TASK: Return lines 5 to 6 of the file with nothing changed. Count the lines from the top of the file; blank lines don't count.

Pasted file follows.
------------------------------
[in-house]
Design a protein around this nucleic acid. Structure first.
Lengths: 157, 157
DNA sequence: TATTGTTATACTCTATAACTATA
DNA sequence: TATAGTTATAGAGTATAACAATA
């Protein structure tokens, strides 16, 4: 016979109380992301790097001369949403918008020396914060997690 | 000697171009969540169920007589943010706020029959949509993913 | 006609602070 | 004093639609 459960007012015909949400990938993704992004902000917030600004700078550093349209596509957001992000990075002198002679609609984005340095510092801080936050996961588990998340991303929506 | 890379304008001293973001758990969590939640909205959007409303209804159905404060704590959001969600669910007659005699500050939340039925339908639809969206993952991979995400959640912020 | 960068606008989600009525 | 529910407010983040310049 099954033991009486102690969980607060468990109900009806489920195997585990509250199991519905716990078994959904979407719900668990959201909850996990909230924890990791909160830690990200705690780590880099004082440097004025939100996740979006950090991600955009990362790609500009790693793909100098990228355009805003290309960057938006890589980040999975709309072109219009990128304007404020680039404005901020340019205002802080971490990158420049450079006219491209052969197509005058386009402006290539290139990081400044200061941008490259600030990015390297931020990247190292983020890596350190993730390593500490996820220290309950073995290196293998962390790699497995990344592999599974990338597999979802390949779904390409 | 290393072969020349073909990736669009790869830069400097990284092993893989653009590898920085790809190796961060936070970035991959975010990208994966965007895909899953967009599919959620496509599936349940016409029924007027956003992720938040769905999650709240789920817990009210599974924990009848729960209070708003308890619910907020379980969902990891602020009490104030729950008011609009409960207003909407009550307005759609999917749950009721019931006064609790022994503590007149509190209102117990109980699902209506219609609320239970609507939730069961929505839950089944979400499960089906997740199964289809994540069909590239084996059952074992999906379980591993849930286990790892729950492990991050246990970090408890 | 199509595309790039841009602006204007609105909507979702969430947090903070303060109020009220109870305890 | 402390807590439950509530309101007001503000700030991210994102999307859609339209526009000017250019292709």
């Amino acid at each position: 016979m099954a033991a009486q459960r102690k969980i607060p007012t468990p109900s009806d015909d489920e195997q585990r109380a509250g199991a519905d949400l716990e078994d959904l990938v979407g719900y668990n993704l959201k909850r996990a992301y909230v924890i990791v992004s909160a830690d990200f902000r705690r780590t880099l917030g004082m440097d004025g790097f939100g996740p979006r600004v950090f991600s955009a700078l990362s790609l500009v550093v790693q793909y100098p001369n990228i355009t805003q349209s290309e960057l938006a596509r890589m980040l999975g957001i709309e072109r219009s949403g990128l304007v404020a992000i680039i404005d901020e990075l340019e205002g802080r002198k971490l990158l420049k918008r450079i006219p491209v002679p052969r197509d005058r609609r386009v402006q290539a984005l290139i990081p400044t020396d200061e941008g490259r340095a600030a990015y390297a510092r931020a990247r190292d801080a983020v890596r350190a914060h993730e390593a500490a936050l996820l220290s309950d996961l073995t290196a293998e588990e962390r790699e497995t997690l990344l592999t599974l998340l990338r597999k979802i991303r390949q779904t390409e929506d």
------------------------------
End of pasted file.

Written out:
DNA sequence: TATAGTTATAGAGTATAACAATA
């Protein structure tokens, strides 16, 4: 016979109380992301790097001369949403918008020396914060997690 | 000697171009969540169920007589943010706020029959949509993913 | 006609602070 | 004093639609 459960007012015909949400990938993704992004902000917030600004700078550093349209596509957001992000990075002198002679609609984005340095510092801080936050996961588990998340991303929506 | 890379304008001293973001758990969590939640909205959007409303209804159905404060704590959001969600669910007659005699500050939340039925339908639809969206993952991979995400959640912020 | 960068606008989600009525 | 529910407010983040310049 099954033991009486102690969980607060468990109900009806489920195997585990509250199991519905716990078994959904979407719900668990959201909850996990909230924890990791909160830690990200705690780590880099004082440097004025939100996740979006950090991600955009990362790609500009790693793909100098990228355009805003290309960057938006890589980040999975709309072109219009990128304007404020680039404005901020340019205002802080971490990158420049450079006219491209052969197509005058386009402006290539290139990081400044200061941008490259600030990015390297931020990247190292983020890596350190993730390593500490996820220290309950073995290196293998962390790699497995990344592999599974990338597999979802390949779904390409 | 290393072969020349073909990736669009790869830069400097990284092993893989653009590898920085790809190796961060936070970035991959975010990208994966965007895909899953967009599919959620496509599936349940016409029924007027956003992720938040769905999650709240789920817990009210599974924990009848729960209070708003308890619910907020379980969902990891602020009490104030729950008011609009409960207003909407009550307005759609999917749950009721019931006064609790022994503590007149509190209102117990109980699902209506219609609320239970609507939730069961929505839950089944979400499960089906997740199964289809994540069909590239084996059952074992999906379980591993849930286990790892729950492990991050246990970090408890 | 199509595309790039841009602006204007609105909507979702969430947090903070303060109020009220109870305890 | 402390807590439950509530309101007001503000700030991210994102999307859609339209526009000017250019292709």